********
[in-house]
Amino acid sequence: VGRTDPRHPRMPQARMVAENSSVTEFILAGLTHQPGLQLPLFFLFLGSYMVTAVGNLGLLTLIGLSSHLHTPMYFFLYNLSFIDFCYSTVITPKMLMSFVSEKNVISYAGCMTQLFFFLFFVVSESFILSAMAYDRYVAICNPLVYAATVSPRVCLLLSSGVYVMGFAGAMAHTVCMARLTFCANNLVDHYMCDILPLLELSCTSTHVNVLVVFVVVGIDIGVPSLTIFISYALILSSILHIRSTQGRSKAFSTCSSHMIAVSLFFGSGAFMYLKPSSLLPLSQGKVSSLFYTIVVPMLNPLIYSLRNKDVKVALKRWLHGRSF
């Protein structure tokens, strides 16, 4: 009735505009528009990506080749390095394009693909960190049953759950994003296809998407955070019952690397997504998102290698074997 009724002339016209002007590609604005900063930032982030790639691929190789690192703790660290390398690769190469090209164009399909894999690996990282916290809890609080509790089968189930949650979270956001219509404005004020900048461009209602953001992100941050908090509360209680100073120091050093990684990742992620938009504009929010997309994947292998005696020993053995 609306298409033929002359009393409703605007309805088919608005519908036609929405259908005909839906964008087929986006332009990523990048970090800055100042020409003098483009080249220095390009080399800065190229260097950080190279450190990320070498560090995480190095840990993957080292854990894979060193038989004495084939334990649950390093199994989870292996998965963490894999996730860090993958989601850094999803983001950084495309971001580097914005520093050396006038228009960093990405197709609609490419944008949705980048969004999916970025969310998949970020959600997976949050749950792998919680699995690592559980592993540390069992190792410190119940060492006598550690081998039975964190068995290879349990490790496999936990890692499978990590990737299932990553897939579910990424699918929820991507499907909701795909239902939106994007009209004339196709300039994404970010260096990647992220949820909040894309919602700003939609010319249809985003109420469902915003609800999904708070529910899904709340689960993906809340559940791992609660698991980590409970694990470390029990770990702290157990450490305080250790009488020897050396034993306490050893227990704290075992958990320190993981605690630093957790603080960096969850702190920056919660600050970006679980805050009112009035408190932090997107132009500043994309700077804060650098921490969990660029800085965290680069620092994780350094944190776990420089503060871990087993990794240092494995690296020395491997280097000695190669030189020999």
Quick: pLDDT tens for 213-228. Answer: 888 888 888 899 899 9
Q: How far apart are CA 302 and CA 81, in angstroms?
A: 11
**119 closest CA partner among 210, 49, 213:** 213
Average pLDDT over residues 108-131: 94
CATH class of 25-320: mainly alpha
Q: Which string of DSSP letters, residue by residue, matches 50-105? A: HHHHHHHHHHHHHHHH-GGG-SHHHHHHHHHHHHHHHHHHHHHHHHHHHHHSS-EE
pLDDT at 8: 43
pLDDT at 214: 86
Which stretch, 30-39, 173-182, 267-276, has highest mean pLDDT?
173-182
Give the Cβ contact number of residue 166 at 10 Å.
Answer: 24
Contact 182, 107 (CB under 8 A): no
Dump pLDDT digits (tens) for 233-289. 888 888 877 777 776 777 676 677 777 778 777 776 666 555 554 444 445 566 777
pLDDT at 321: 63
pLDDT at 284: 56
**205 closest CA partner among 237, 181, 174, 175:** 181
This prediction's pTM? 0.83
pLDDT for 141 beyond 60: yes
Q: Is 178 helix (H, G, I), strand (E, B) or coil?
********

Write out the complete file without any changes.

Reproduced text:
[in-house]
Amino acid sequence: VGRTDPRHPRMPQARMVAENSSVTEFILAGLTHQPGLQLPLFFLFLGSYMVTAVGNLGLLTLIGLSSHLHTPMYFFLYNLSFIDFCYSTVITPKMLMSFVSEKNVISYAGCMTQLFFFLFFVVSESFILSAMAYDRYVAICNPLVYAATVSPRVCLLLSSGVYVMGFAGAMAHTVCMARLTFCANNLVDHYMCDILPLLELSCTSTHVNVLVVFVVVGIDIGVPSLTIFISYALILSSILHIRSTQGRSKAFSTCSSHMIAVSLFFGSGAFMYLKPSSLLPLSQGKVSSLFYTIVVPMLNPLIYSLRNKDVKVALKRWLHGRSF
């Protein structure tokens, strides 16, 4: 009735505009528009990506080749390095394009693909960190049953759950994003296809998407955070019952690397997504998102290698074997 009724002339016209002007590609604005900063930032982030790639691929190789690192703790660290390398690769190469090209164009399909894999690996990282916290809890609080509790089968189930949650979270956001219509404005004020900048461009209602953001992100941050908090509360209680100073120091050093990684990742992620938009504009929010997309994947292998005696020993053995 609306298409033929002359009393409703605007309805088919608005519908036609929405259908005909839906964008087929986006332009990523990048970090800055100042020409003098483009080249220095390009080399800065190229260097950080190279450190990320070498560090995480190095840990993957080292854990894979060193038989004495084939334990649950390093199994989870292996998965963490894999996730860090993958989601850094999803983001950084495309971001580097914005520093050396006038228009960093990405197709609609490419944008949705980048969004999916970025969310998949970020959600997976949050749950792998919680699995690592559980592993540390069992190792410190119940060492006598550690081998039975964190068995290879349990490790496999936990890692499978990590990737299932990553897939579910990424699918929820991507499907909701795909239902939106994007009209004339196709300039994404970010260096990647992220949820909040894309919602700003939609010319249809985003109420469902915003609800999904708070529910899904709340689960993906809340559940791992609660698991980590409970694990470390029990770990702290157990450490305080250790009488020897050396034993306490050893227990704290075992958990320190993981605690630093957790603080960096969850702190920056919660600050970006679980805050009112009035408190932090997107132009500043994309700077804060650098921490969990660029800085965290680069620092994780350094944190776990420089503060871990087993990794240092494995690296020395491997280097000695190669030189020999």
Quick: pLDDT tens for 213-228. Answer: 888 888 888 899 899 9
Q: How far apart are CA 302 and CA 81, in angstroms?
A: 11
**119 closest CA partner among 210, 49, 213:** 213
Average pLDDT over residues 108-131: 94
CATH class of 25-320: mainly alpha
Q: Which string of DSSP letters, residue by residue, matches 50-105? A: HHHHHHHHHHHHHHHH-GGG-SHHHHHHHHHHHHHHHHHHHHHHHHHHHHHSS-EE
pLDDT at 8: 43
pLDDT at 214: 86
Which stretch, 30-39, 173-182, 267-276, has highest mean pLDDT?
173-182
Give the Cβ contact number of residue 166 at 10 Å.
Answer: 24
Contact 182, 107 (CB under 8 A): no
Dump pLDDT digits (tens) for 233-289. 888 888 877 777 776 777 676 677 777 778 777 776 666 555 554 444 445 566 777
pLDDT at 321: 63
pLDDT at 284: 56
**205 closest CA partner among 237, 181, 174, 175:** 181
This prediction's pTM? 0.83
pLDDT for 141 beyond 60: yes
Q: Is 178 helix (H, G, I), strand (E, B) or coil?